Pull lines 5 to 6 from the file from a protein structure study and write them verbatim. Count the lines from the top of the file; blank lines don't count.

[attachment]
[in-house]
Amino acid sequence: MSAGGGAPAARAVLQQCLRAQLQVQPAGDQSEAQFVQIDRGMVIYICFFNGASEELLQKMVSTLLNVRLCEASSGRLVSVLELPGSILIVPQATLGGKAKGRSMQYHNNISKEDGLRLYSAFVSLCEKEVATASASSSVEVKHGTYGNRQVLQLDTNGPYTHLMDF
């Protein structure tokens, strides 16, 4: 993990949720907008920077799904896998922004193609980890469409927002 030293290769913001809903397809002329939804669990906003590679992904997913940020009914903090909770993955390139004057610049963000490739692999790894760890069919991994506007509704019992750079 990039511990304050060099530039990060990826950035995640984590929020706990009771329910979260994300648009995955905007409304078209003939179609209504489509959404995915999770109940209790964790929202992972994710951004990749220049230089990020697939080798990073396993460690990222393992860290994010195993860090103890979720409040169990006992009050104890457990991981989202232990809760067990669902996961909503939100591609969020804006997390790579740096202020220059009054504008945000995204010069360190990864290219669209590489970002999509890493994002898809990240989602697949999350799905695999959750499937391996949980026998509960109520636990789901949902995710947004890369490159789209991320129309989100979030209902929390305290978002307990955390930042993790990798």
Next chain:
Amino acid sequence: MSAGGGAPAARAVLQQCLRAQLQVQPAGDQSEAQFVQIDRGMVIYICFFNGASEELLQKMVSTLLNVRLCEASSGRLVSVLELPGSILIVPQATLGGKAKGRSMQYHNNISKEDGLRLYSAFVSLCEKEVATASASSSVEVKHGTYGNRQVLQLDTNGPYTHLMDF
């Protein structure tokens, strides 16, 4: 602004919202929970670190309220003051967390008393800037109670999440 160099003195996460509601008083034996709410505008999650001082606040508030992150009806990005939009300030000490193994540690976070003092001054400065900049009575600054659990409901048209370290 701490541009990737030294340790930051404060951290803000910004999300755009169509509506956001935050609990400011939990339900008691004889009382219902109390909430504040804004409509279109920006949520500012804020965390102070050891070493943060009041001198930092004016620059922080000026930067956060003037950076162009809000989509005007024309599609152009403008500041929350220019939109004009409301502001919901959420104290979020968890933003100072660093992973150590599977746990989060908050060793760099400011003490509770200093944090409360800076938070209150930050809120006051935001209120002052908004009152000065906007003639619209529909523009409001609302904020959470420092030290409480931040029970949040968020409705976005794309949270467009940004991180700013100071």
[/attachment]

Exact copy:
Amino acid sequence: MSAGGGAPAARAVLQQCLRAQLQVQPAGDQSEAQFVQIDRGMVIYICFFNGASEELLQKMVSTLLNVRLCEASSGRLVSVLELPGSILIVPQATLGGKAKGRSMQYHNNISKEDGLRLYSAFVSLCEKEVATASASSSVEVKHGTYGNRQVLQLDTNGPYTHLMDF
């Protein structure tokens, strides 16, 4: 602004919202929970670190309220003051967390008393800037109670999440 160099003195996460509601008083034996709410505008999650001082606040508030992150009806990005939009300030000490193994540690976070003092001054400065900049009575600054659990409901048209370290 701490541009990737030294340790930051404060951290803000910004999300755009169509509506956001935050609990400011939990339900008691004889009382219902109390909430504040804004409509279109920006949520500012804020965390102070050891070493943060009041001198930092004016620059922080000026930067956060003037950076162009809000989509005007024309599609152009403008500041929350220019939109004009409301502001919901959420104290979020968890933003100072660093992973150590599977746990989060908050060793760099400011003490509770200093944090409360800076938070209150930050809120006051935001209120002052908004009152000065906007003639619209529909523009409001609302904020959470420092030290409480931040029970949040968020409705976005794309949270467009940004991180700013100071």